KATZ, ISRAEL (1917–2003), U.S. aeronautical engineer. Katz was born in New York and graduated from the Boston Trade School. He earned a B.S. in mechanical engineering from Northeastern University, Boston (1941); a naval architecture and marine engineering degree from the Massachusetts Institute of Technology, a degree sponsored by the U.S. Navy (1942); and a master's degree in mechanical engineering from Cornell University (1944). He was a staff member of Cornell (1944–57) where he became associate professor and was head of the aircraft power unit. He worked in the advanced electronic center of the General Electric Company in Ithaca, N.Y. (1957–63) but returned to Northeastern University (1967–88), where he became professor of mechanical engineering and held senior academic appointments, including dean of the Center for Continuing Education, before retiring as emeritus professor. Katz worked on submarine and aircraft propulsion and submarine launched missile systems. He was a consultant for the U.S. Department of Defense and the Pratt and Whitney Aircraft Company. He was an outstanding teacher of basic and advanced teaching courses in engineering, and his books on aircraft propulsion and mechanical engineering in industry became standard texts. He received the New England Award in engineering (1993). He was an active supporter of Temple Beth El and Temple Ohabei Shalom in Boston.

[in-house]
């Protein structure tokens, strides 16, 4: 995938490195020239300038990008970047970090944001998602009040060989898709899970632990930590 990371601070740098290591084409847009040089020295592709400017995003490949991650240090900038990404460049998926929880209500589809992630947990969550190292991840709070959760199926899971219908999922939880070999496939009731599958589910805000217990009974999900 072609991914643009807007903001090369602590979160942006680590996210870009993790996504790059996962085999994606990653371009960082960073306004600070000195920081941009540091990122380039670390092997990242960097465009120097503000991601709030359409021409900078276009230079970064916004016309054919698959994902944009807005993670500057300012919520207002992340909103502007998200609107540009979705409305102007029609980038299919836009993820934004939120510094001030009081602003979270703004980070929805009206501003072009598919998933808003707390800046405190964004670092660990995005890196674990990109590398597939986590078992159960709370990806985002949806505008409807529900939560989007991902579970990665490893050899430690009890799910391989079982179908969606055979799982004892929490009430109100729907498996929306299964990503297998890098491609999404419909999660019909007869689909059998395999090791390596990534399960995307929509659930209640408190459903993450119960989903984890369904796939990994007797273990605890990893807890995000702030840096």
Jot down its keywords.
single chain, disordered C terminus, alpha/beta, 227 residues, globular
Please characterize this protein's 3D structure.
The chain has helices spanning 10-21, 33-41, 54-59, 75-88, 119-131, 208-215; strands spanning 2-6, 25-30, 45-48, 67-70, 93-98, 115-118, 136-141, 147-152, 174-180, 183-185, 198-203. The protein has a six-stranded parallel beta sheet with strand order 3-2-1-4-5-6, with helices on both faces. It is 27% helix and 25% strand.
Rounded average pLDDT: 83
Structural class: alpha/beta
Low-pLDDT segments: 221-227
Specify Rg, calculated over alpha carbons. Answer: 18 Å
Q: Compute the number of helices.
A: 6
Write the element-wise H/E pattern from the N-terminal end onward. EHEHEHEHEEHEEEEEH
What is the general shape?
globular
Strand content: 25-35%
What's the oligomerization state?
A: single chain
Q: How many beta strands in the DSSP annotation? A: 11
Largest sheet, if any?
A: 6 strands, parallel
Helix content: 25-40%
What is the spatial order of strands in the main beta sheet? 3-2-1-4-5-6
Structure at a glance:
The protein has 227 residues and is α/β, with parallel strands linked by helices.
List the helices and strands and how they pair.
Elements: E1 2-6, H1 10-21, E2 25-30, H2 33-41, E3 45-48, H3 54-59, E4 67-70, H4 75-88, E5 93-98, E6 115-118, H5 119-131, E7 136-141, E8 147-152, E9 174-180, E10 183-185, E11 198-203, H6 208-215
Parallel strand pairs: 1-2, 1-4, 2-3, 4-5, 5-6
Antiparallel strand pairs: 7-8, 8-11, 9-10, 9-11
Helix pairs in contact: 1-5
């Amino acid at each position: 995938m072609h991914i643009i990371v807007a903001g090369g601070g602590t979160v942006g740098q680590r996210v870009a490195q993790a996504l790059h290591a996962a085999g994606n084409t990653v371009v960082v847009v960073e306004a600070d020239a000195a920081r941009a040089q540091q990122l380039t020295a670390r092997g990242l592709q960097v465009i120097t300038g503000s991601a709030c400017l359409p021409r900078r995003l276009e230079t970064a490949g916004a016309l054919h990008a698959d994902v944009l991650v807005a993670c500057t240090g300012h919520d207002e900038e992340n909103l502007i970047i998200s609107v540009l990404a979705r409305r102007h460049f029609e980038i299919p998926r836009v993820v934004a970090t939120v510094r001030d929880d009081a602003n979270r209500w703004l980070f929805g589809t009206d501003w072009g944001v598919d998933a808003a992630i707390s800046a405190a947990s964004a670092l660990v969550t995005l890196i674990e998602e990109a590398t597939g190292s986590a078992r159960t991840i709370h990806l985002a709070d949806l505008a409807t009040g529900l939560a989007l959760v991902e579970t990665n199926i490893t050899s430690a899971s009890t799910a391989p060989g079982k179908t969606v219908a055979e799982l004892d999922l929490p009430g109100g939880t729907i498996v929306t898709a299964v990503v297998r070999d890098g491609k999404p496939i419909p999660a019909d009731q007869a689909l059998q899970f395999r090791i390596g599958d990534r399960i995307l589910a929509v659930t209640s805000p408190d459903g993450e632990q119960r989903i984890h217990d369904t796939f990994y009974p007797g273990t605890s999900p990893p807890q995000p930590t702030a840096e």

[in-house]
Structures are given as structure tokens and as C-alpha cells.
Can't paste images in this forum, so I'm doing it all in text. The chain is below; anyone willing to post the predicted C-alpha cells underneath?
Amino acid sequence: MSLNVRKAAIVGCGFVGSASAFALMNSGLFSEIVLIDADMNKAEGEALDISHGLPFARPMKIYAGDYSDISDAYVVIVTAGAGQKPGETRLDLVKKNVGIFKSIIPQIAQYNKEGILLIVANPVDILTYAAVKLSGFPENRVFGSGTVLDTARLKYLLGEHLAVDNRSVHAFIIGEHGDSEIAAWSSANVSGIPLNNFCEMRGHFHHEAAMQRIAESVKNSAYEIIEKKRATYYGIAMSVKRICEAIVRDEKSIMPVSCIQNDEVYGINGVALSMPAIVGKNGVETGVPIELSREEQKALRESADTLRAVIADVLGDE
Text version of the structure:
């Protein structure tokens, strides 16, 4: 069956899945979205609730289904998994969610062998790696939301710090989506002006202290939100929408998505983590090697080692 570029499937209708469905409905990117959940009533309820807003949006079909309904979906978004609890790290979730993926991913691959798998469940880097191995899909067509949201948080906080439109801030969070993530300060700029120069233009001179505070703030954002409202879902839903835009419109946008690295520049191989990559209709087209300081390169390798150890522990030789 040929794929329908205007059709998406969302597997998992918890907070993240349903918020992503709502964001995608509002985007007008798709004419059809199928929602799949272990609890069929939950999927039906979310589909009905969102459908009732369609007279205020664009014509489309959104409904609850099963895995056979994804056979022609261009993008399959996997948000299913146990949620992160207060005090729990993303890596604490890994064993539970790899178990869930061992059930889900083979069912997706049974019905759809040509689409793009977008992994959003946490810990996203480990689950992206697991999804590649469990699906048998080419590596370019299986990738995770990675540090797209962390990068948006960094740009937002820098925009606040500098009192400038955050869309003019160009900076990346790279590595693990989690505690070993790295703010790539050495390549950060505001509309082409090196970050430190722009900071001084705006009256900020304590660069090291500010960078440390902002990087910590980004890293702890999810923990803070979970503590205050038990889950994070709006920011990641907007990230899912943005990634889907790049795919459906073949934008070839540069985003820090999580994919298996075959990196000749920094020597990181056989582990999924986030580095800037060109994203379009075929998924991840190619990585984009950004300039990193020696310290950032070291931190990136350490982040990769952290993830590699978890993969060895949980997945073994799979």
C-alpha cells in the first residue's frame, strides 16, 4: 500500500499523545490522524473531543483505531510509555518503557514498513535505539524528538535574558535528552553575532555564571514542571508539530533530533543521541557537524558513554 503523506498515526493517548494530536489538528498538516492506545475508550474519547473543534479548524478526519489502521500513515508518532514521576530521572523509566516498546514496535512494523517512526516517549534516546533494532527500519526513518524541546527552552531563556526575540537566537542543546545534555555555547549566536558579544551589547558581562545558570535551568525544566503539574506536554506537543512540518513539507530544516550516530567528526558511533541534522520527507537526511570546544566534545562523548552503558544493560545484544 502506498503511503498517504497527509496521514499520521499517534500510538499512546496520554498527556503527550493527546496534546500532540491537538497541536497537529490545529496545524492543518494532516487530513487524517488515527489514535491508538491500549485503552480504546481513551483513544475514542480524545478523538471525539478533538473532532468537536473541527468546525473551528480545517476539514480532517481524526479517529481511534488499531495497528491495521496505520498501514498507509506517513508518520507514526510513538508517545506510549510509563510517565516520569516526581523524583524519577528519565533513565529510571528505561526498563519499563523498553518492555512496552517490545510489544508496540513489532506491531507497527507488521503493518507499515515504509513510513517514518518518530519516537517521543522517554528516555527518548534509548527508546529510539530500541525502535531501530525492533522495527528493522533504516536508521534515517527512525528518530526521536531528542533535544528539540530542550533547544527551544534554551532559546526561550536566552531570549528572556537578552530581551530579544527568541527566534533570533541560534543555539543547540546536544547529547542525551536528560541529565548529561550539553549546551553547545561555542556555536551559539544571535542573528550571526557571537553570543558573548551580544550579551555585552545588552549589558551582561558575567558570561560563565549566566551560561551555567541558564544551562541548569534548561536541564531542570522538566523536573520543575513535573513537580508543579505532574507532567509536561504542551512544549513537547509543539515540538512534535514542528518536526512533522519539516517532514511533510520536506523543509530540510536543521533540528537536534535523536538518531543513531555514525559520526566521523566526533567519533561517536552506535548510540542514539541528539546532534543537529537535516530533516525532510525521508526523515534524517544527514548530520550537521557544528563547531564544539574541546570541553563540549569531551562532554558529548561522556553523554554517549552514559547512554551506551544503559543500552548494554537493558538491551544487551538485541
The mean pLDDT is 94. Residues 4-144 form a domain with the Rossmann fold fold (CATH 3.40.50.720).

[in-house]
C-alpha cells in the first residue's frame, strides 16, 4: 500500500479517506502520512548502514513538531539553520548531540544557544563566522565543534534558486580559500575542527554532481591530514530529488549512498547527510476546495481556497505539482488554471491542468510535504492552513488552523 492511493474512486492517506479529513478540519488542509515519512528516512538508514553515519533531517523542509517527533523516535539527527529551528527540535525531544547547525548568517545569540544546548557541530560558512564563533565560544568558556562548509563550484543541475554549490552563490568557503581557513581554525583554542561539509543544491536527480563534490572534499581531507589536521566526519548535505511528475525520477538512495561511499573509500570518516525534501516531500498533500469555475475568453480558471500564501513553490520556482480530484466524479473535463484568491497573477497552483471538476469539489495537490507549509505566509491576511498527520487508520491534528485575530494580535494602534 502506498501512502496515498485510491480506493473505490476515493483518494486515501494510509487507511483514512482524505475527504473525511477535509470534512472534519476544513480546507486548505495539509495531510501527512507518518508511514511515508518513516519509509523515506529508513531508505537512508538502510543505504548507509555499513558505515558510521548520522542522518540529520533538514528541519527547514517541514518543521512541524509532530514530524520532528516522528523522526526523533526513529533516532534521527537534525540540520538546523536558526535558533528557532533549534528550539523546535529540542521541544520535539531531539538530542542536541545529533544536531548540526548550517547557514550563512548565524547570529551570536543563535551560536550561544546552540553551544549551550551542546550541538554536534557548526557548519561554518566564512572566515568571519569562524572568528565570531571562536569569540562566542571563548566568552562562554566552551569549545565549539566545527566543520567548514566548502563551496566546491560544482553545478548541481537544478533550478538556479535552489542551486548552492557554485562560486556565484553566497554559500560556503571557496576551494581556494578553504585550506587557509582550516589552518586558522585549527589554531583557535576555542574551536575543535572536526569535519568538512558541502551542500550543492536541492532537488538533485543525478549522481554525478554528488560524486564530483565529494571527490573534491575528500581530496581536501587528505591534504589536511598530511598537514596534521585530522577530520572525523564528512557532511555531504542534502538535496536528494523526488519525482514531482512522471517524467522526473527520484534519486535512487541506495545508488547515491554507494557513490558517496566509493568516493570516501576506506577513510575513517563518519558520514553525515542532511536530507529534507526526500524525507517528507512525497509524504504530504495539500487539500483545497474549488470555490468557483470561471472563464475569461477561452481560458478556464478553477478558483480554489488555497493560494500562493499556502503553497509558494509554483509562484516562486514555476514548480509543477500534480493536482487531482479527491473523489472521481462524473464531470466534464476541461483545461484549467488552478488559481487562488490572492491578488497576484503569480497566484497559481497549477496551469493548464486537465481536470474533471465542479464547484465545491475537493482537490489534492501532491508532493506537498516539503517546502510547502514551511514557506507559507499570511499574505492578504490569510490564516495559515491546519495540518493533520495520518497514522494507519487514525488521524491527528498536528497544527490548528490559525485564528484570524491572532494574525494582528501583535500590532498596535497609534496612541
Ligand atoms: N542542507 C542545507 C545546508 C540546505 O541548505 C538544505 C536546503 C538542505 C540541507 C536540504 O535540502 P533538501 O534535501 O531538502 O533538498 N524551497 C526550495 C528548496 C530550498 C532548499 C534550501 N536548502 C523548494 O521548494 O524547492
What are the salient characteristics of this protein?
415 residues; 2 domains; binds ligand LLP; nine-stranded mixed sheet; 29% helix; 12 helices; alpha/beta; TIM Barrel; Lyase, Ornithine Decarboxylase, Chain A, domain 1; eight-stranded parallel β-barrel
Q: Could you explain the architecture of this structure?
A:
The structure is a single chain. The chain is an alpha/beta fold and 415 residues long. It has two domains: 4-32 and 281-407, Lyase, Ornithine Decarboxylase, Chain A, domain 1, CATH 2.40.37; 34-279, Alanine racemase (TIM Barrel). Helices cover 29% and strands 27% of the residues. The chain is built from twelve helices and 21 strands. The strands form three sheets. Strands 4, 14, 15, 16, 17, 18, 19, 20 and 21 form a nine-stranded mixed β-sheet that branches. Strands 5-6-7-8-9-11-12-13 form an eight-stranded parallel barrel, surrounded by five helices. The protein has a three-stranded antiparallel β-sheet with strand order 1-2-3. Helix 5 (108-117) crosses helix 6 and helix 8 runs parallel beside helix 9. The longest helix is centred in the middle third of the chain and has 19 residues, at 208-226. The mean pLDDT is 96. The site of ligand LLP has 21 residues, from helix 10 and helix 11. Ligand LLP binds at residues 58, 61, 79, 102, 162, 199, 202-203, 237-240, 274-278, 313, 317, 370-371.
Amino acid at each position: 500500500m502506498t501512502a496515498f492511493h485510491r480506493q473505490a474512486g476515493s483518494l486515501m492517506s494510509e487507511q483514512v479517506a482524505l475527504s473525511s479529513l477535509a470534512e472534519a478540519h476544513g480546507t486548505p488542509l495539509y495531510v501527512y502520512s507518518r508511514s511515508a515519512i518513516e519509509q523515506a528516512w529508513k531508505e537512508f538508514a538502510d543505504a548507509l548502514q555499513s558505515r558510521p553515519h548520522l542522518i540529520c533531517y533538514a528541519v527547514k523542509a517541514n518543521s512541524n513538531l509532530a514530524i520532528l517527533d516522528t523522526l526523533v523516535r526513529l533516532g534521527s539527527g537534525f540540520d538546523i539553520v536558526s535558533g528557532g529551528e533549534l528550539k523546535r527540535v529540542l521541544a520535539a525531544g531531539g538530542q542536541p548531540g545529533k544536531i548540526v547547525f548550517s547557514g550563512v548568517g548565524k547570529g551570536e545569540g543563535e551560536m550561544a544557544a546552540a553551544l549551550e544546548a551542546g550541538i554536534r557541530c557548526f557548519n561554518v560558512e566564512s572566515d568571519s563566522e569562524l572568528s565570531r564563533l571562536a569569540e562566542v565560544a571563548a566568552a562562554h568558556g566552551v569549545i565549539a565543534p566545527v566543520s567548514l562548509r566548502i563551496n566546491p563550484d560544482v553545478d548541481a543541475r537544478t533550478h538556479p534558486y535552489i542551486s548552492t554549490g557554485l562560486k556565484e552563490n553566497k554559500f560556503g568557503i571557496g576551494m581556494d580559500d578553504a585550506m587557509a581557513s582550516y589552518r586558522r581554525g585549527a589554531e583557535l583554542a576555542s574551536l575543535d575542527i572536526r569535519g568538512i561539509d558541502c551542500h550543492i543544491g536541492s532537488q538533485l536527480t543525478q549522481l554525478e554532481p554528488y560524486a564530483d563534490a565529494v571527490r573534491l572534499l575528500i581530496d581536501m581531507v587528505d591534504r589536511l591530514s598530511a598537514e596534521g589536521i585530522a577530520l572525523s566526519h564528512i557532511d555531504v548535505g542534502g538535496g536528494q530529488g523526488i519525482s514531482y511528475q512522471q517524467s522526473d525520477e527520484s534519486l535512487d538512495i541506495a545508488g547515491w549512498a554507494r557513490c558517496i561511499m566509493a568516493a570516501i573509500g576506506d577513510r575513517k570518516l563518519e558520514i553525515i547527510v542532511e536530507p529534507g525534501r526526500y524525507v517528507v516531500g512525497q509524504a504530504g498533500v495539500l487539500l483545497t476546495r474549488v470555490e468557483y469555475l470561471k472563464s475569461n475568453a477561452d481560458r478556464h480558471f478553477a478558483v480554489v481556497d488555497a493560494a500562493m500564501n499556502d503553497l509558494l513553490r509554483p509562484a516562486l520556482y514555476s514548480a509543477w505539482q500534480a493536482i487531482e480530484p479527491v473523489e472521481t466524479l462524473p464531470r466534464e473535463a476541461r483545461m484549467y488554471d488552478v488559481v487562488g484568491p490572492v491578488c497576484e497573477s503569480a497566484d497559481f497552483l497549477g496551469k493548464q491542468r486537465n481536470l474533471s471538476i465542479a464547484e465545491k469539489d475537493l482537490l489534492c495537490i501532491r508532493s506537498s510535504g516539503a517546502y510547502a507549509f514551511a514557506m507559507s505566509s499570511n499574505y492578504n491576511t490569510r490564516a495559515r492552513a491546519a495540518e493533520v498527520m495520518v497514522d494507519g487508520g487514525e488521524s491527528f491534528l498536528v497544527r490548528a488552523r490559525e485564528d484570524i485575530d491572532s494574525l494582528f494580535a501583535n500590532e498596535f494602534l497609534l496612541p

[Michael Denman (2nd ed.)]
Source: Encyclopaedia Judaica. © 2008 The Gale Group. All Rights Reserved.